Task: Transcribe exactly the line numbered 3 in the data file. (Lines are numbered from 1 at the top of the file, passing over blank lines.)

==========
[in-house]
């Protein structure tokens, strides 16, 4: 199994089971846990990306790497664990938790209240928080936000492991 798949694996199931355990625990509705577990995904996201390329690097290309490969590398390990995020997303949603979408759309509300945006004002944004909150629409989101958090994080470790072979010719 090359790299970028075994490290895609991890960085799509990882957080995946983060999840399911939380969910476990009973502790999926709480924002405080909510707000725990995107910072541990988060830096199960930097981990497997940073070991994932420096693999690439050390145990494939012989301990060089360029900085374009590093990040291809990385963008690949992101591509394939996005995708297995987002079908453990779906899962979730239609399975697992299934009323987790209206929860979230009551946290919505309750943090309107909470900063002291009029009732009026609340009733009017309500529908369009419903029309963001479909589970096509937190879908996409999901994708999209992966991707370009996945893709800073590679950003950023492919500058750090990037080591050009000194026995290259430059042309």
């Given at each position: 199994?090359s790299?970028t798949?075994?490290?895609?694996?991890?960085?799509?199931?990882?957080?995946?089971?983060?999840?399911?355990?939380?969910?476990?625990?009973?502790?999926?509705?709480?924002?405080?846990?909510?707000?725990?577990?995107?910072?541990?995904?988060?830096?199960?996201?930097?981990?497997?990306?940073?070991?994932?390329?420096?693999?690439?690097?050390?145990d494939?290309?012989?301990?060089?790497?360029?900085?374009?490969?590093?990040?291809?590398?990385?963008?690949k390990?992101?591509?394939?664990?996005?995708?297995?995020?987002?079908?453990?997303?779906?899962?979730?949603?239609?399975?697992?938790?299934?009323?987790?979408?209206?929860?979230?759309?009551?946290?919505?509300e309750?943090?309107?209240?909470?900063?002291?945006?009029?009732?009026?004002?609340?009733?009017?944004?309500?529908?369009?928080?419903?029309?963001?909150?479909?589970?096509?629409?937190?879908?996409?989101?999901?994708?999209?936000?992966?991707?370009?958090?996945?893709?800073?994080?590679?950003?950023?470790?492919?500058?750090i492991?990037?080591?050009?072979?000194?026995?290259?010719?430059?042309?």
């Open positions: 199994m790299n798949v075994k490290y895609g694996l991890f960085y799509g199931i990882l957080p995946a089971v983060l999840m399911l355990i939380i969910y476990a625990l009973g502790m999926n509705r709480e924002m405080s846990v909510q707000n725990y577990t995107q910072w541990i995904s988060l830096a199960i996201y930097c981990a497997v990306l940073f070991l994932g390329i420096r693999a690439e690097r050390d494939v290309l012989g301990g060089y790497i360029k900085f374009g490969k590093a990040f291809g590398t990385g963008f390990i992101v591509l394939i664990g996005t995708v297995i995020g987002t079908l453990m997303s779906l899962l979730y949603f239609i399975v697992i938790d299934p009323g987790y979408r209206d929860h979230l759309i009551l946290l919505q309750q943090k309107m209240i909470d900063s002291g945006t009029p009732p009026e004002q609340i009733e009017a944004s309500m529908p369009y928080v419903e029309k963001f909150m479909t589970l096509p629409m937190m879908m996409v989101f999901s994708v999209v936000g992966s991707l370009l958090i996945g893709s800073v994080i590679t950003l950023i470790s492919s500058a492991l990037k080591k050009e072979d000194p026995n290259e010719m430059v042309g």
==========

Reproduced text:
């Given at each position: 199994?090359s790299?970028t798949?075994?490290?895609?694996?991890?960085?799509?199931?990882?957080?995946?089971?983060?999840?399911?355990?939380?969910?476990?625990?009973?502790?999926?509705?709480?924002?405080?846990?909510?707000?725990?577990?995107?910072?541990?995904?988060?830096?199960?996201?930097?981990?497997?990306?940073?070991?994932?390329?420096?693999?690439?690097?050390?145990d494939?290309?012989?301990?060089?790497?360029?900085?374009?490969?590093?990040?291809?590398?990385?963008?690949k390990?992101?591509?394939?664990?996005?995708?297995?995020?987002?079908?453990?997303?779906?899962?979730?949603?239609?399975?697992?938790?299934?009323?987790?979408?209206?929860?979230?759309?009551?946290?919505?509300e309750?943090?309107?209240?909470?900063?002291?945006?009029?009732?009026?004002?609340?009733?009017?944004?309500?529908?369009?928080?419903?029309?963001?909150?479909?589970?096509?629409?937190?879908?996409?989101?999901?994708?999209?936000?992966?991707?370009?958090?996945?893709?800073?994080?590679?950003?950023?470790?492919?500058?750090i492991?990037?080591?050009?072979?000194?026995?290259?010719?430059?042309?």